The Play

(Survey of Dramatic Literature)

The Madness of George III opens in the autumn of 1788, approximately seven years after Great Britain’s loss of the American colonies, a loss that continues to weigh heavily on the fragile mind of King George III. Surrounding the king are those who would supplant him and his Tory government, including his eldest son, the Prince of Wales, and the Whig leaders Fox, Sheridan, and Burke, who conspire to overturn the Tory government led by Prime Minister William Pitt.

It is not long before the king falls ill with what the playwright depicts, following a future diagnosis, as porphyria, a metabolic disorder, rather than the play’s contemporary diagnosis of “madness.” The king is unable to control his language, yielding to incessant and nonsensical talking as well as insulting and obscene statements. He falsely concludes that his wife is having incestuous sexual relations with the prince, and he himself becomes obsessed with Lady Pembroke, the queen’s Mistress of the Robes.

The continuing illness prevents the king from providing the leadership that England requires, bringing the government to a virtual standstill. During the approximately six months of his illness, several political maneuverings are deployed simultaneously. Pitt attempts to keep the seriousness of the king’s illness from members of Parliament, thus maintaining the Tory government in place while awaiting the hoped-for recovery. Charles Fox, a former prime minister,...

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Dramatic Devices

(Survey of Dramatic Literature)

In his goal to make restoration of the status quo the ultimate triumph of the play, Alan Bennett uses a variety of dramatic devices to highlight the king’s changing health and his return to normality.

The opening scene includes two important uses of foreshadowing. When Margaret Nicholson strikes the king with a dessert knife, the king responds, “The poor creature’s mad. Do not hurt her, she’s not hurt me.” Later in the play, the king, now a patient, makes similar pleas when he is subjected to such medical treatments as blistering and being strapped into a restraining chair. Also in the first scene, with his arms outstretched to assist with removal of his coat, the king describes the torture that a French citizen would undergo for an assault on the French king. Both the king’s physical appearance and his words foretell the torture that he will later endure during his illness.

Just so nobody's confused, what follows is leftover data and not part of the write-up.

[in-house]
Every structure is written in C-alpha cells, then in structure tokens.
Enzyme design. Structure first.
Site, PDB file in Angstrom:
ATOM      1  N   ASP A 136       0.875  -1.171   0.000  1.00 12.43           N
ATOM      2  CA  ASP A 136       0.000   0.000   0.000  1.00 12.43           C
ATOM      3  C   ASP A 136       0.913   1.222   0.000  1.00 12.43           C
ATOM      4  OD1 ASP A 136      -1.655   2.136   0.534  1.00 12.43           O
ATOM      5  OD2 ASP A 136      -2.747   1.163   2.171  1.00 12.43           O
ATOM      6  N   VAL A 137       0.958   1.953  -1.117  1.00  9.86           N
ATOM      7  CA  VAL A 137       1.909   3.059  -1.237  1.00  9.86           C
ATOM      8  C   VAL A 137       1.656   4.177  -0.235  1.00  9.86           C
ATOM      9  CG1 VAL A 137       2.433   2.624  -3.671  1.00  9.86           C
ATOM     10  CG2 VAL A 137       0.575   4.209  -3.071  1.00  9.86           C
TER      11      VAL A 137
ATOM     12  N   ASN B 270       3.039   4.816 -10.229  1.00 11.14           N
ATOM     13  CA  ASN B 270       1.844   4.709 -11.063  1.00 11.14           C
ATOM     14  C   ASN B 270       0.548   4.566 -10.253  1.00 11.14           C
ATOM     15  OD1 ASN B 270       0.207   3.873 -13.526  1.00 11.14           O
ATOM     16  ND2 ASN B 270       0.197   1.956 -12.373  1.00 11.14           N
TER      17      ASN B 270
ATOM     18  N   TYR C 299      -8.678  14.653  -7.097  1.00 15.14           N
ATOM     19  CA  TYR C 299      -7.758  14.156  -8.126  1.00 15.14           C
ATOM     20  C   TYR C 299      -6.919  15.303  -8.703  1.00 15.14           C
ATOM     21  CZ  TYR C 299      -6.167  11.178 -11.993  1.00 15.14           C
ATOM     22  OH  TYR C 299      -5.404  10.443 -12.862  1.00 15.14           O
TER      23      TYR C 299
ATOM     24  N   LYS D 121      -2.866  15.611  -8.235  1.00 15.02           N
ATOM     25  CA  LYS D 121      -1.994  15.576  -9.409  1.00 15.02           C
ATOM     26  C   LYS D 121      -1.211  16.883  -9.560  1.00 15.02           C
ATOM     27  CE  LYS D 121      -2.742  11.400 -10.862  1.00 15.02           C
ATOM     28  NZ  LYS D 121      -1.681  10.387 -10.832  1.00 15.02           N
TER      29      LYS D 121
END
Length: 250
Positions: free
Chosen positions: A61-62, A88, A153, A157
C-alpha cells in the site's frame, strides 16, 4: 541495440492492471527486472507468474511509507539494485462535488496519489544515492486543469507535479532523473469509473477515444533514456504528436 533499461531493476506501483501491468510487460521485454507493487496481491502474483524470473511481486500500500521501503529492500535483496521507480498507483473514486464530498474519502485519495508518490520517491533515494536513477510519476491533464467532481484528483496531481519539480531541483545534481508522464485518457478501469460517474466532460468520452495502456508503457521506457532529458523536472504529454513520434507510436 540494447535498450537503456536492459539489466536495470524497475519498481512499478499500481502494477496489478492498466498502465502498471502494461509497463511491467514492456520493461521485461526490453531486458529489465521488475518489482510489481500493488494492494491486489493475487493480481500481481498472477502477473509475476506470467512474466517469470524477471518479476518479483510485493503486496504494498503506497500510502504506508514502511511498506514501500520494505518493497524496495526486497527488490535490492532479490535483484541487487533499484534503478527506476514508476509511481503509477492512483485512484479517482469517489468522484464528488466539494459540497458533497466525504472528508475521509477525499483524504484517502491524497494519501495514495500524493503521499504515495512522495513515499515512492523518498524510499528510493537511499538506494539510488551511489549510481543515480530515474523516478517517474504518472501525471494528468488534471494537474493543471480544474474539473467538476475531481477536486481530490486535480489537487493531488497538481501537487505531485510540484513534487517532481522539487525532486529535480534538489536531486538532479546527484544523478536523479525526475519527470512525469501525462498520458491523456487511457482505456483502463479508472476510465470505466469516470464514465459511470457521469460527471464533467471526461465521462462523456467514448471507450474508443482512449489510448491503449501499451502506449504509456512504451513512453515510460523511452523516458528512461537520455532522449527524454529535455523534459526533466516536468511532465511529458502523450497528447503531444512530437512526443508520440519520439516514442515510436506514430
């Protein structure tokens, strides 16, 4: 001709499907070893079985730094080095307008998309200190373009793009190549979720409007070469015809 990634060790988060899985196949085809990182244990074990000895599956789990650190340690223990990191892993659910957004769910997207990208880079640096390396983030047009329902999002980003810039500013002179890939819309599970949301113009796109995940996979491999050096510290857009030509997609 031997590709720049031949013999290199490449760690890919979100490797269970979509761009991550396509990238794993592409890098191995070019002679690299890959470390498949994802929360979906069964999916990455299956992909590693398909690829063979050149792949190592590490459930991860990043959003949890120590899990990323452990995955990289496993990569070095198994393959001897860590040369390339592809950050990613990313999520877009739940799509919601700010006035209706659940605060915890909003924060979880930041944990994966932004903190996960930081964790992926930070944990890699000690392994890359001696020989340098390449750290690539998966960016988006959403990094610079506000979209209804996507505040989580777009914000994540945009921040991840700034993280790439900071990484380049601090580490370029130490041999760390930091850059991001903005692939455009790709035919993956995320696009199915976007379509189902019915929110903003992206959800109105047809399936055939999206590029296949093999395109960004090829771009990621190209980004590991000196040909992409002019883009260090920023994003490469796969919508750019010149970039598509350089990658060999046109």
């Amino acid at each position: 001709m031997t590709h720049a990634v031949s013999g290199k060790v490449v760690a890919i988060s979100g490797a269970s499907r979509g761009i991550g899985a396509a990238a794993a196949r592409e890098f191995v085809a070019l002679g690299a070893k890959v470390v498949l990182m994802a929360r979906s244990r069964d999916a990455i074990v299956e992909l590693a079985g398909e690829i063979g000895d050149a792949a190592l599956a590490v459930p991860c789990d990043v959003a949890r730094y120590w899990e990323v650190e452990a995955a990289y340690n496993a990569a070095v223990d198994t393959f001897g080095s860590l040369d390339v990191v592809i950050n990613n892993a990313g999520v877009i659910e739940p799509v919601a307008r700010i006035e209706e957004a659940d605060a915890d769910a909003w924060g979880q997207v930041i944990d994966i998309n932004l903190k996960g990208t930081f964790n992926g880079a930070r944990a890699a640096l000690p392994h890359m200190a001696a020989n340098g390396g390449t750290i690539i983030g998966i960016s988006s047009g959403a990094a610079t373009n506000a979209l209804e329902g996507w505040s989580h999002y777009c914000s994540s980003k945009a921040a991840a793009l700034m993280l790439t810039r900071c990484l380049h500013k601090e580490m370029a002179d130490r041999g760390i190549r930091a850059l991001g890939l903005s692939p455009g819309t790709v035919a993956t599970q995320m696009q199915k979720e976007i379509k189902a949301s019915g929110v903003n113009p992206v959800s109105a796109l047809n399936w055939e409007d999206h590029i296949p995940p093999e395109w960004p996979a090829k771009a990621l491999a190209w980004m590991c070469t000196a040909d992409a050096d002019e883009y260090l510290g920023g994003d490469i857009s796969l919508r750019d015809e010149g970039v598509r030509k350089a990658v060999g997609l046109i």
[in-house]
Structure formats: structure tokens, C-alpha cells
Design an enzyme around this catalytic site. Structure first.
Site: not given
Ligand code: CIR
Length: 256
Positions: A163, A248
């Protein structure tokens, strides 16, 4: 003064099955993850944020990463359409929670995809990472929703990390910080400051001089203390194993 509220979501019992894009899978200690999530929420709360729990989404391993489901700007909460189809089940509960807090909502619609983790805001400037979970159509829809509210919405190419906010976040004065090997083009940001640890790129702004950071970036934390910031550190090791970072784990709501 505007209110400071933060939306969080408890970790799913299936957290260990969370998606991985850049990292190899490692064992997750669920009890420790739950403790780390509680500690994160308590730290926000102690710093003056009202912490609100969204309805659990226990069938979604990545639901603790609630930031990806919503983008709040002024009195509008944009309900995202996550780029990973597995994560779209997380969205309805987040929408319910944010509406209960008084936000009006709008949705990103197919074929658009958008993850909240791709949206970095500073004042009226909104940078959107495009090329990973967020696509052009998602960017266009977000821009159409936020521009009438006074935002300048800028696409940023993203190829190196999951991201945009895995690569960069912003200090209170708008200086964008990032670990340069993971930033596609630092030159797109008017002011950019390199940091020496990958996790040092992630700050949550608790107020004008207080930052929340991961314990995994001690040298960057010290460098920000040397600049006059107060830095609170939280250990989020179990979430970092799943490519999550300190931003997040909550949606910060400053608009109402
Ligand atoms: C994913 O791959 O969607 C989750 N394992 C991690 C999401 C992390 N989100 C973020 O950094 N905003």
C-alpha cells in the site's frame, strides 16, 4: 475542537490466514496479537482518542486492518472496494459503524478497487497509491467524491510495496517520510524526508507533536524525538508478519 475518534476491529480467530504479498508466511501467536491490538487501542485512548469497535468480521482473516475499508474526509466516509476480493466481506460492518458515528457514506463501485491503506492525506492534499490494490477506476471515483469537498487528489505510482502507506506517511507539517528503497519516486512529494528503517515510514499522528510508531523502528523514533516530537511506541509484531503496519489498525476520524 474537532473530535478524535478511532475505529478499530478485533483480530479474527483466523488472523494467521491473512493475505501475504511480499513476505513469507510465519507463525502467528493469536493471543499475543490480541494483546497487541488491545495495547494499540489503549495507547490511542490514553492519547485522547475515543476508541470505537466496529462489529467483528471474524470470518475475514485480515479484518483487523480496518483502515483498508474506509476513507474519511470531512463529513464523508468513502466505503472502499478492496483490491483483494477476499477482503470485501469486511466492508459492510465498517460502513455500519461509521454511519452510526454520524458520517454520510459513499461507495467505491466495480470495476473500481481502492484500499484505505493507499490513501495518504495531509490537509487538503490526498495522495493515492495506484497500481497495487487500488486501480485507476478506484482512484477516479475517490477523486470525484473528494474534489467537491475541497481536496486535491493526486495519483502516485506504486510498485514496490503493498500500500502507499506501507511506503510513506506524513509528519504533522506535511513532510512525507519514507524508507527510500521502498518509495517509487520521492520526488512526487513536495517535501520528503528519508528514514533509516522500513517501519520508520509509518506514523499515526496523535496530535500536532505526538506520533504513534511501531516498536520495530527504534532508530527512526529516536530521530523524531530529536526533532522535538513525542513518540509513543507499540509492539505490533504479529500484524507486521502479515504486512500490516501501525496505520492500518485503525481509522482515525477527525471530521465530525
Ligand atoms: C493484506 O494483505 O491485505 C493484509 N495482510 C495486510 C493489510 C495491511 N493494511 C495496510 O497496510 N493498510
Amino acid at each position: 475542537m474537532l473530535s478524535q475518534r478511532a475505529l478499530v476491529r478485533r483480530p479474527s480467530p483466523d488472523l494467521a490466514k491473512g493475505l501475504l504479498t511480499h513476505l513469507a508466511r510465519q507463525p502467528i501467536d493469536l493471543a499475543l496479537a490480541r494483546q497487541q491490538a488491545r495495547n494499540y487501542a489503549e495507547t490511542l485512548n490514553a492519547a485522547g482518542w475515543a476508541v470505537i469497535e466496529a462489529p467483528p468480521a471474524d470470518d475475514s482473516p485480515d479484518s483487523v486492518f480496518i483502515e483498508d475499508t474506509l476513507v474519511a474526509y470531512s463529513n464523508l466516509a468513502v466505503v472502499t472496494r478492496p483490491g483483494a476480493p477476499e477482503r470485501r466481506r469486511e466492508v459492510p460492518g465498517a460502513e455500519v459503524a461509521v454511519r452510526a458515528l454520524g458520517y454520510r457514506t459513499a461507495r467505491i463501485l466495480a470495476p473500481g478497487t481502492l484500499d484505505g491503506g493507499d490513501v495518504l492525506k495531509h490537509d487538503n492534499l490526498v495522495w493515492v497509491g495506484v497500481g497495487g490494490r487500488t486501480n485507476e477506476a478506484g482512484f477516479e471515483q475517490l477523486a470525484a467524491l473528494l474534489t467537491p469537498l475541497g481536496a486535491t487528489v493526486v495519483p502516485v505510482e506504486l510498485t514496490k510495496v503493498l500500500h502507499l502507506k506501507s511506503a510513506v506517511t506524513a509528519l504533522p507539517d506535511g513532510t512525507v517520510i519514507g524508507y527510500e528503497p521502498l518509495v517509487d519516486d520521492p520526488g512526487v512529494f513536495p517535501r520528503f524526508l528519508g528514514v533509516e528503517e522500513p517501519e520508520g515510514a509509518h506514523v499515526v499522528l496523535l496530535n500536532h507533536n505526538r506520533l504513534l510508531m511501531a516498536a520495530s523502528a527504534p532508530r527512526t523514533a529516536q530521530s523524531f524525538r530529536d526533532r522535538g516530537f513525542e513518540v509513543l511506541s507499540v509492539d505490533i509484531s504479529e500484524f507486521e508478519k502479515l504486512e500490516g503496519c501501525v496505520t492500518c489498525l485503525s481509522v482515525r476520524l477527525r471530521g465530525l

Throughout the play, word usage is a sign of the king’s health status. Initially, he ends statements with such phrases as “Hey, hey” and “What, what,” phrases that, however odd, are quite normal for him. As his illness strikes with full force, he speaks long rambling clusters of nonsense, including considerable punning along with insults and obscene allegations. His resumption of “What, what’s” in the second part of the play signals his return to his original condition.

Bennett uses considerable irony in statements and visual images, including transitions from scene to scene, to invite comparisons between father and son. For example, Sheridan informs the Prince of Wales that Parliament will attempt to impose restraints on his rule as regent, while at nearly the same time the king is struggling against the physical restraints of the restraining chair. That scene with Sheridan and the prince opens...

(The entire section is 747 words.)


(Survey of Dramatic Literature)

Sources for Further Study

Bennett, Alan. Introduction to The Madness of George III. Rev. ed. London: Faber and Faber, 1995.

Bennett, Alan. Writing Home. New York: Random House, 1995.

Lyons, Donald. “Theater: On the Superiority of European Methods.” New Criterion (September 11, 1992): 59-63.

Schiff, Stephen. “Cultural Pursuits: The Poet of Embarrassment.” The New Yorker (September 6, 1993): 92-101.

Turner, D. E. Alan Bennett: In a Manner of Speaking. London: Faber and Faber, 1997.

Wolfe, Peter. Understanding Alan Bennett. Columbia: University of South Carolina Press, 1999.